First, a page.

Risky cocktail of alcohol abuse and social phobia

Risky cocktail of alcohol abuse and social phobia

Social anxiety disorder, or social phobia, is a common phenomenon in which individuals have an excessive fear or anxiety of social situations such as speaking publicly, eating or drinking in front of others, talking on the telephone, etc. According to the Anxiety and Depression Association of America (ADAA), approximately 15 million American adults are affected by social anxiety disorder.  

The potential factors responsible for social phobia are genetics, traumatic life experiences, being behaviorally inhibited as a child, following parental behaviors and biological anomalies of the brain. Starting in the teenage, the symptoms of social phobia may remain for the entire life, if left untreated.

Establishing link between social phobia and alcohol abuse

Social phobia is an encumbering mental disorder which is more than just shyness. As a long term consequence, social phobia can often lead into social isolation, decreased financial independence and academic failures. These individuals try to self-medicate themselves with alcohol, in order to overcome their fears, inhibitions, tension, and embarrassment related to social phobia, and thereby, cope with their social behavior. Research shows that about one-fifth of patients who have social anxiety disorder also suffer from an alcohol use disorder (AUD).

Using alcohol in order to obliterate the negative feelings that social situations generate makes repetitive users easily fall prey to alcohol addiction. A study by the National Institute on Alcohol Abuse and Alcoholism (NIAAA), titled “Social Anxiety Disorder and Alcohol Use,” revealed that approximately one-fifth of patients with social phobia also struggle with an alcohol abuse.  Alcohol provides these individuals temporary relaxation and disinhibiting effect, thus numbing their fear to help them deliver their best performance and interact with other individuals without the feeling of shyness.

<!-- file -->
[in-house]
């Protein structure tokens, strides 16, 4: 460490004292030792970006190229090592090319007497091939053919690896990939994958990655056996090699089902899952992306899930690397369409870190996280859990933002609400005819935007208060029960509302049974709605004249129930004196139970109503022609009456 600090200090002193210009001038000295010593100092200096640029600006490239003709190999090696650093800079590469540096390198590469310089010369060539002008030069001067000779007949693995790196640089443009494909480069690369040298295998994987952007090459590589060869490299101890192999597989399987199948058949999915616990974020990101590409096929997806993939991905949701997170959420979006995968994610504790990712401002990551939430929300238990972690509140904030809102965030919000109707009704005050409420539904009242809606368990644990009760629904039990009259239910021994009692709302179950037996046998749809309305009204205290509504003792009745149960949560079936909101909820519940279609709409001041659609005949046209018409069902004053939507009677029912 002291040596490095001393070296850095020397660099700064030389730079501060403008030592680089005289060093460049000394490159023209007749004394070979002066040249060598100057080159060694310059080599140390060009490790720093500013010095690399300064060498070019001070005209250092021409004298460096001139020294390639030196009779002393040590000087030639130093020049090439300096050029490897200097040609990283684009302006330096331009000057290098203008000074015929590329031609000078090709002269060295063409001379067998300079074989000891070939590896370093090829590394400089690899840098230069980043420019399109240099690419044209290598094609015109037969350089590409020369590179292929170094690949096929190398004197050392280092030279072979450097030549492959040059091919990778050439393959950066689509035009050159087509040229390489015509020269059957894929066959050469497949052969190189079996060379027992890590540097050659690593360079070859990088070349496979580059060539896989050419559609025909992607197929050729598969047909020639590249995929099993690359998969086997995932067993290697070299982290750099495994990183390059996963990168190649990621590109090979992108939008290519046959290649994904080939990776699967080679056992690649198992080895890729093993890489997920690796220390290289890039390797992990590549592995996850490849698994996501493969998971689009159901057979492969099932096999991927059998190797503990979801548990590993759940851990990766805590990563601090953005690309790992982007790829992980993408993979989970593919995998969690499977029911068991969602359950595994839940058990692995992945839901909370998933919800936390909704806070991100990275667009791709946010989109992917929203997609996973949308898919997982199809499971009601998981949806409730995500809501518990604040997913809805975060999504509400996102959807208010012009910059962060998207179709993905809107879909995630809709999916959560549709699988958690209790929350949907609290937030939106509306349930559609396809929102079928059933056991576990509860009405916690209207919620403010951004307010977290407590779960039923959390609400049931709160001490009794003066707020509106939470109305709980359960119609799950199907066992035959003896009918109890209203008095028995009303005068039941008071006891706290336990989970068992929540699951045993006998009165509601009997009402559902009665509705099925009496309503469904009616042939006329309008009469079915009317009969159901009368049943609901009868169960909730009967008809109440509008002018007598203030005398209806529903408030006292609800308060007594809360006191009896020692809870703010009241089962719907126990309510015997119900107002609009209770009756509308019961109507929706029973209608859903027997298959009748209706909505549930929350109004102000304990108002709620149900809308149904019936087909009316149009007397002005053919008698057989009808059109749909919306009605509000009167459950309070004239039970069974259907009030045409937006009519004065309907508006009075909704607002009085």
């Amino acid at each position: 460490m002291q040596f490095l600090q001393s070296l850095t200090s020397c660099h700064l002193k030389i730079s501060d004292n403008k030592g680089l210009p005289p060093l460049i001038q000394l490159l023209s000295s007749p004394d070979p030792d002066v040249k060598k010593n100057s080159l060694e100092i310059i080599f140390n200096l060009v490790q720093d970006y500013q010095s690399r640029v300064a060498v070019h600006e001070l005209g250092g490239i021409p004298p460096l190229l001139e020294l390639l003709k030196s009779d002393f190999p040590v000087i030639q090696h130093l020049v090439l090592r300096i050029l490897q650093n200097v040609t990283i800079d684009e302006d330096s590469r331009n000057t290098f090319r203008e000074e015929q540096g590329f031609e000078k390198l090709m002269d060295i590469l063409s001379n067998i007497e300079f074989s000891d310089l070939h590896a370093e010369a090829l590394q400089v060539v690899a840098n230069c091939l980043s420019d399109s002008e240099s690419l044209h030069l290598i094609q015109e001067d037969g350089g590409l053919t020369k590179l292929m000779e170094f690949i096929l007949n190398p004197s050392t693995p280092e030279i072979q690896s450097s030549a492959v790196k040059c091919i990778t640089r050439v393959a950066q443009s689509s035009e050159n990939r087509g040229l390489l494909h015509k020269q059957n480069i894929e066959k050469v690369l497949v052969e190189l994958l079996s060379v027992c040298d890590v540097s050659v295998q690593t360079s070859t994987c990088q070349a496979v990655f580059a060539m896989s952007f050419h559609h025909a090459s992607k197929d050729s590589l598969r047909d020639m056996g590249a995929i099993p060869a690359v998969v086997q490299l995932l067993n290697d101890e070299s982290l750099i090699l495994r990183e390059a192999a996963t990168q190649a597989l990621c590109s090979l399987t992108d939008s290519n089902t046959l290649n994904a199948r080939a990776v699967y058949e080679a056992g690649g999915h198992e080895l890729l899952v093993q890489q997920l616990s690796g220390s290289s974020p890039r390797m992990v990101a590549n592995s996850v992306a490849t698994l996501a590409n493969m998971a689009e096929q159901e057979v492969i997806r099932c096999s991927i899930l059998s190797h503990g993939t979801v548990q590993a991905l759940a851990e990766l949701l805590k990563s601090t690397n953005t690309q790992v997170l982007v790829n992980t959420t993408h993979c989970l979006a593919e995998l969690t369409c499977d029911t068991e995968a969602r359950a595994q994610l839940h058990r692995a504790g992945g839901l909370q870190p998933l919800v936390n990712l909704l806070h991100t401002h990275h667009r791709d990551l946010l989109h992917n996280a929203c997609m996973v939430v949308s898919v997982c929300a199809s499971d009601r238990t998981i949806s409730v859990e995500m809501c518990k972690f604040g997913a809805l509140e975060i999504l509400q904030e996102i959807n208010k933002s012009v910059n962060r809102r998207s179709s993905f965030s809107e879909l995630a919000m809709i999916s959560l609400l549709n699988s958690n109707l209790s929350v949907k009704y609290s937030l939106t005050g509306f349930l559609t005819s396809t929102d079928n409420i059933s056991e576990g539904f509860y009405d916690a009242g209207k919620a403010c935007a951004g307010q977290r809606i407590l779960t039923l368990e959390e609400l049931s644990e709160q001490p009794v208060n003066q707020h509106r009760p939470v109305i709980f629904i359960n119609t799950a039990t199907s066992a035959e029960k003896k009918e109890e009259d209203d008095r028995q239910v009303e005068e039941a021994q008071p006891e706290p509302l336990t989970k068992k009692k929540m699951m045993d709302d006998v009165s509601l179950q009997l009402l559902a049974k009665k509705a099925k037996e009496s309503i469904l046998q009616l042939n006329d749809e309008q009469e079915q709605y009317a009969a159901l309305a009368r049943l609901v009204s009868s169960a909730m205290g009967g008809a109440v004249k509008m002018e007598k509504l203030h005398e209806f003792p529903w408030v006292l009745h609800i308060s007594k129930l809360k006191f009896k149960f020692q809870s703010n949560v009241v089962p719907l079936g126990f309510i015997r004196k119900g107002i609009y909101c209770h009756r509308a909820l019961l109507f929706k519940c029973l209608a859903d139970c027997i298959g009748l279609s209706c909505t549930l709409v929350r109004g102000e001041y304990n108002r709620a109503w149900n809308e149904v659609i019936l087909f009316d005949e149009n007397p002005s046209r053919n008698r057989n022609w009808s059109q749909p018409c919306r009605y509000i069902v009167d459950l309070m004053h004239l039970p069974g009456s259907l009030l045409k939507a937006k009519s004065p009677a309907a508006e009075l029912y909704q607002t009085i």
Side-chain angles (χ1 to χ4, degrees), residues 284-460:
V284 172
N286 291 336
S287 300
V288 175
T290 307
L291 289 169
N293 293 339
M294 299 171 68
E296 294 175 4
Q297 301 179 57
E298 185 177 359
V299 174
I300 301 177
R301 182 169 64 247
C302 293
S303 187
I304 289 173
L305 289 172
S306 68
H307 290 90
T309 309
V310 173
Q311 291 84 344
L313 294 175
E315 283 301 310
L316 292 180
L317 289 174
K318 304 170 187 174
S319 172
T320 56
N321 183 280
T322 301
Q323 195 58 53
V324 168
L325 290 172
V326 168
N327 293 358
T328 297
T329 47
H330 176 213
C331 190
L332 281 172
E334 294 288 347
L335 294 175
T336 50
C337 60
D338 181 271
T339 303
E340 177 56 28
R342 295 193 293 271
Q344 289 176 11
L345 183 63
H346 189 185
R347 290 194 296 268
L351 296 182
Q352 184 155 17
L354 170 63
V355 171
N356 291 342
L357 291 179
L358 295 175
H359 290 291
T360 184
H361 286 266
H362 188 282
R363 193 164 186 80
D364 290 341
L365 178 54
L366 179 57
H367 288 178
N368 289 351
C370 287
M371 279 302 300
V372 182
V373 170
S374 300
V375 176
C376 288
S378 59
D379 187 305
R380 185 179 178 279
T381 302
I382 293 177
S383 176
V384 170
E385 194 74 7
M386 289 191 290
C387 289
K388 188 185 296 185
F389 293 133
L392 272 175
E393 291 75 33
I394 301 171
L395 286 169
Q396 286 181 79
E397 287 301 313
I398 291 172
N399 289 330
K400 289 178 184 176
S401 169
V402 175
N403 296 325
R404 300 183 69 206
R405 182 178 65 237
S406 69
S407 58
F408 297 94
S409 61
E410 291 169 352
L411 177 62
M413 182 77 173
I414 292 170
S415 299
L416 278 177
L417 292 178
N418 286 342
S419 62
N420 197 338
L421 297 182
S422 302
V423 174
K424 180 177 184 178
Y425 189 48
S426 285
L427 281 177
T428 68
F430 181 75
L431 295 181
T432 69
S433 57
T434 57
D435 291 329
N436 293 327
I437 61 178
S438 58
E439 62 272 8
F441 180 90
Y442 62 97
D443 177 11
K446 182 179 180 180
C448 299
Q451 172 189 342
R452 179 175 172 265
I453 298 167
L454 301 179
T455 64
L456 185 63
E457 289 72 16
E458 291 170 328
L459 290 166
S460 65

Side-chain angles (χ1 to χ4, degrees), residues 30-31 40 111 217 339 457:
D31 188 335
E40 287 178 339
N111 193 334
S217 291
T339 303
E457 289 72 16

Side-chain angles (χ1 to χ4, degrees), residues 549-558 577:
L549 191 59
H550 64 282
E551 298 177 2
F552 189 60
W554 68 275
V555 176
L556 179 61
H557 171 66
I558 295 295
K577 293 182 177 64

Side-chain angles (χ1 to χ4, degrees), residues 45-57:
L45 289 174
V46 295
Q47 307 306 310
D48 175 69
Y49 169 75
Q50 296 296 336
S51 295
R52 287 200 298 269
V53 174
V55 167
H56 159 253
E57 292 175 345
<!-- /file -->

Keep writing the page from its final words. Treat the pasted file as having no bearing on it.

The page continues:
Co-occurrence of social anxiety and alcohol is enervating

Alcohol is a very short-term solution for managing anxiety, however, in the long-term, it has serious side effects. It has a negative effect on the central nervous system.Various studies have indicated that alcohol use can prolong the feelings of stress, anxiety and despair. Further, the chronic use of alcohol use is known to decreases the serotonin levels in the brain and raise adrenaline levels in the body making a person more prone to feelings of anxiety, nervousness, and apprehensions. Habitual alcohol users are vulnerable to heart attacks, inflammation of the stomach lining, stroke, reduced sugar level, liver disease, hypersensitive nervous system and some cancers.

Alcohol abuse can also worsen performance in social situations by triggering a person to make errors or fumble under the influence of alcohol. Overuse of alcohol increases danger of falling and trigger road accidents during driving. Alcohol abuse affects the work performance, affecting the financial status and personal relationships of a person. Thus, all these side effects of alcohol abuse further aggravate anxiety and anxiety perpetuated by alcohol will additionally exacerbate the alcohol abuse, thus creating a vicious cycle.

Seeking professional help

Social anxiety disorder is a treatable condition and one can easily cope with it by practicing some self-help techniques such as deep-breathing exercises, meditation, exposure therapy or cognitive-behavioral therapy along with taking anti-anxiety medication. Social phobia, if left untreated, can result in repeated use of alcohol leading to alcohol abuse.

If a person is suffering from both mental problems and substance use disorders, it is imperative to seek the advice of a professional expert immediately. Leaving any kind of disorder untreated only aggravates the condition.

If a loved one or someone you know is suffering from a co-occurring disorder, contact the Dual Diagnosis Helpline to get help in finding the best dual diagnosis rehab centers in the U.S. Call us at our 24/7 helpline number 855-981-6047 or chat online with one of our representatives to know about various dual diagnosis programs in your vicinity.